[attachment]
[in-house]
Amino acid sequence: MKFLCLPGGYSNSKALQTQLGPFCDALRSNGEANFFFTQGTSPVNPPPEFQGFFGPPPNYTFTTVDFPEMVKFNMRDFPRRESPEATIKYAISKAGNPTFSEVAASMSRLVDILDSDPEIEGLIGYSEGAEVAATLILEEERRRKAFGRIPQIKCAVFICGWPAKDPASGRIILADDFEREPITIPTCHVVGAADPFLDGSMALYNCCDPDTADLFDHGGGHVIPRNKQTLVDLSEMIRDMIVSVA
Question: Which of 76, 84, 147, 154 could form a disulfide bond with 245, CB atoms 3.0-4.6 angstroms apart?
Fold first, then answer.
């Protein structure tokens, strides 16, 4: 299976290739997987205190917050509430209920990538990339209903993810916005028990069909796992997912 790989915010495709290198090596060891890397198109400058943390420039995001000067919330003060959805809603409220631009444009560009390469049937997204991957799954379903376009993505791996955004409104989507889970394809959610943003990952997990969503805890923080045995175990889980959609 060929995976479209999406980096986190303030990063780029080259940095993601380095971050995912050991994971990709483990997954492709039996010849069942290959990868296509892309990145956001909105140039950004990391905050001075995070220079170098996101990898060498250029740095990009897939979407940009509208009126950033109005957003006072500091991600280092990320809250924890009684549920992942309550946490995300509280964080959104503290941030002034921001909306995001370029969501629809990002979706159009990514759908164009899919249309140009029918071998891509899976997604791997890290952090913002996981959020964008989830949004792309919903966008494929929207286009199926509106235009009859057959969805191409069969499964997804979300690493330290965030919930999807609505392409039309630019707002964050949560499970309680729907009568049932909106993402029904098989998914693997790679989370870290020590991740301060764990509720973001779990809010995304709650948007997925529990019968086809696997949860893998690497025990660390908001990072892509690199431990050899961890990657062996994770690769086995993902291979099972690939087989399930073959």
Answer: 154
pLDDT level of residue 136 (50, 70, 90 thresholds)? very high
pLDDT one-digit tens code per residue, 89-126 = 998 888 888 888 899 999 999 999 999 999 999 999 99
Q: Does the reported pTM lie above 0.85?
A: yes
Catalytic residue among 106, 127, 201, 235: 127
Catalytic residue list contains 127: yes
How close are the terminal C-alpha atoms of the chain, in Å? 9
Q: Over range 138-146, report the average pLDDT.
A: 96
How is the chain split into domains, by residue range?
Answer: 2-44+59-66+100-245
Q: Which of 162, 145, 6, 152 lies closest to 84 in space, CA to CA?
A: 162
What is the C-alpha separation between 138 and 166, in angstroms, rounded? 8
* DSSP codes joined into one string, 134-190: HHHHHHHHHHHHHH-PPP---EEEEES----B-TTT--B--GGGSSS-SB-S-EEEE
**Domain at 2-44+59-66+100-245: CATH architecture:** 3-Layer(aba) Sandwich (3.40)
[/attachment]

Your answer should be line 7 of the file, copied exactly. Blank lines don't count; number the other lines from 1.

pLDDT level of residue 136 (50, 70, 90 thresholds)? very high